Clinton to yield returns

March 25, 1994|By Paul West and Carl M. Cannon | Paul West and Carl M. Cannon,Washington Bureau of The Sun

WASHINGTON -- President Clinton said last night that he would release copies today of his income tax returns for 1977-1979, years in which he and Hillary Rodham Clinton first invested in the Arkansas real estate deal known as Whitewater.

Mr. Clinton also revealed something his critics have maintained for months -- that he and his wife lost less money in the Whitewater partnership than they have claimed for more than two years.

Only hours before the president's news conference -- his latest attempt to stop the political bleeding over Whitewater -- a prominent Republican critic, Rep. Jim Leach of Iowa, claimed that the Clintons might actually have profited from the investment.

But the president said he was "certain" they had lost money on the deal.

Mr. Clinton conceded that, in light of the damage being caused by the Whitewater affair, he and his staff "weren't as sensitive as we should have been" to the appearance of White House interference in the investigation of a failed Arkansas savings and loan linked to the Whitewater Development Corp.

"But . . . the one thing you have to say is, you learn things as you go along in this business," he added.

Mr. Clinton continued to maintain that he and his wife have done the same thing that millions of middle-class Americans have done -- lost money in a business investment. He insisted that, as president, he is cooperating to an unprecedented degree with Robert B. Fiske Jr., the special prosecutor investigating the matter.

"Cooperation, disclosure, and doing the public's business are the order of the day," he said.

The defense was a familiar one, but the setting was not: an evening news conference in the East Room of the White House, only the second of his presidency.

The session was timed to reach the largest home viewing audience and confront a national press corps that has become )) increasingly consumed with the Whitewater story. It also was designed to bolster Mr. Clinton's sagging popularity, as new polls confirmed that Whitewater has eroded public confidence.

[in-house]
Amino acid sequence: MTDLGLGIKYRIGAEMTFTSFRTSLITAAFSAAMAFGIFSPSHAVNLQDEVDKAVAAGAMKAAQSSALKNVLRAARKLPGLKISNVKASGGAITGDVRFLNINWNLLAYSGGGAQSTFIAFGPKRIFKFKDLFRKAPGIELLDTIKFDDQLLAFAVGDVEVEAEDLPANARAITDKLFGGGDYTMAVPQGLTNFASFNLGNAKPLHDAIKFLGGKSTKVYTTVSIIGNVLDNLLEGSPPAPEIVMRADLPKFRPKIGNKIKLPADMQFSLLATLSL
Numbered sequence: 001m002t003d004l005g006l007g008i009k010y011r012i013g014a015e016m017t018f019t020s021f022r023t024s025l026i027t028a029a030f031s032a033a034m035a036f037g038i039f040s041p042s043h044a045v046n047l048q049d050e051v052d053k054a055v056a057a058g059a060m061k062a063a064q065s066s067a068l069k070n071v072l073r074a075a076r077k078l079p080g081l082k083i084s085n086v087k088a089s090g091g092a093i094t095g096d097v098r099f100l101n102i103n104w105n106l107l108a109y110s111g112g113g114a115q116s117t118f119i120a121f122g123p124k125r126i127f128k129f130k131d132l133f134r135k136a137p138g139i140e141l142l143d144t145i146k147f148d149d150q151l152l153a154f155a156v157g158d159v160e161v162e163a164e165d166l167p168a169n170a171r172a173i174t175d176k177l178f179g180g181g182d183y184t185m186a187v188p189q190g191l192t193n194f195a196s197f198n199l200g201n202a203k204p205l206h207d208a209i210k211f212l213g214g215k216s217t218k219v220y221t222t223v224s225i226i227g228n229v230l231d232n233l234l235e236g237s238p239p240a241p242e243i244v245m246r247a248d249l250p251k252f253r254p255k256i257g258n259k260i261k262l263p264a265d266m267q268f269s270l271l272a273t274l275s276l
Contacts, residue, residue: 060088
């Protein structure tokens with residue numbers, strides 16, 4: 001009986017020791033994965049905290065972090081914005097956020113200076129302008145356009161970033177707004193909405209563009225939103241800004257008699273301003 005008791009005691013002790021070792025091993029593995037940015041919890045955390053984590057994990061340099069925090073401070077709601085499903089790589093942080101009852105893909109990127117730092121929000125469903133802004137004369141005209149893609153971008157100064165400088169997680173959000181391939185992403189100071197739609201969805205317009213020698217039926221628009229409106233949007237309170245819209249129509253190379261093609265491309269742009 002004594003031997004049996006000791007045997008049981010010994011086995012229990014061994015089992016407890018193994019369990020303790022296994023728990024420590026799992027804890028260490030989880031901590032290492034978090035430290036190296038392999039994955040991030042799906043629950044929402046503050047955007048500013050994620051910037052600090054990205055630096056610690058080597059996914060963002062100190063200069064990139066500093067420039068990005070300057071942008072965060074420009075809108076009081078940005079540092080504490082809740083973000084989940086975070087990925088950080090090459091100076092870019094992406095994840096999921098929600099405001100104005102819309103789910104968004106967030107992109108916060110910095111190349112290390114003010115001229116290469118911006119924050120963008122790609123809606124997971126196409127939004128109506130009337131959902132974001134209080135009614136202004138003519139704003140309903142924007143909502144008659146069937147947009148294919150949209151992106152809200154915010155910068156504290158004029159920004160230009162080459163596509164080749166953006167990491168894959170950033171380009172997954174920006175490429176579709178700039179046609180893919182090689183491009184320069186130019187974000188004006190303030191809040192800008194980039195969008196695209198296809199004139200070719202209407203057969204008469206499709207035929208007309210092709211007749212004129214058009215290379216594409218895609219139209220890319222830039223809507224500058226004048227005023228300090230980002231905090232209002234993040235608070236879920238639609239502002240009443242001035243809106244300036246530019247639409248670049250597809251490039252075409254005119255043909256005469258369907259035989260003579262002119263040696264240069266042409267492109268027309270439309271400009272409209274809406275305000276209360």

Republican Rep. Newt Gingrich of Georgia praised Mr. Clinton's "sheer technical skill" at framing the issue "on his terms."

But he went on to say, "I think on any given day I am always impressed with how believable he is, and then the following day I start reading the newspapers again."

Mr. Clinton was on the defensive for most of the 38-minute, televised session, which was dominated by questions about Whitewater.

In an apparent shift of strategy, Mr. Clinton shrugged off an opportunity to blame Republicans for the furor surrounding Whitewater. He said, mildly, that it is not "useful to get into blame. . . . I think that the worst thing that can happen is for me to sort of labor over who should be blamed [for] this. There will probably be enough blame to go around."

Mr. Clinton refused to give in to critics who say that the real "crime" at the root of Whitewater is that he benefited from the "greed decade" of the 1980s, the period of Republican rule that he repeatedly condemned during his presidential campaign.

"The fact that we made investments, some of which we lost money on, some of which we made money on, has nothing to do whatever with the indictment that I made about the excesses of the '80s," he said.

He strongly defended his wife.

In the evening's most animated exchange, Mr. Clinton said emphatically, "Absolutely not," when asked if her moral authority has been eroded and whether he was reconsidering her lead role in health care reform.

"People should not be able to raise questions and erode $H people's moral authority in this country," he said. "There ought to have to be evidence and proof."

The question-and-answer session came only a few hours after Mr. Leach, in a lengthy speech on the House floor, said Whitewater was "about the arrogance of power" and contended that the Clintons, who claim they lost $69,000 on their investment, actually profited from it.

Last night, Mr. Clinton said that figure should be about $47,000. He said that some $22,200 in payments that he had previously thought were related to Whitewater actually involved a short-term loan to his mother for a cabin.

Mr. Leach also repeated allegations that the troubled Madison Guaranty Savings and Loan, owned by the Clintons' partner in the land deal, James McDougal, pumped money from the S&L into the Whitewater partnership.

Madison Guaranty eventually failed, at a cost to taxpayers of up to $60 million.

For more than two years, the Clintons have described their Whitewater investment as a bad deal and said they lost money on it.

But recently, as their lawyers re-examined records, the Clintons have hinted that they may owe additional taxes on the investment, an admission Democratic strategists fear could prove politically damaging.

Mr. Clinton asserted last night that he did not believe he owes additional taxes but would pay more if it turns out that he underpaid.

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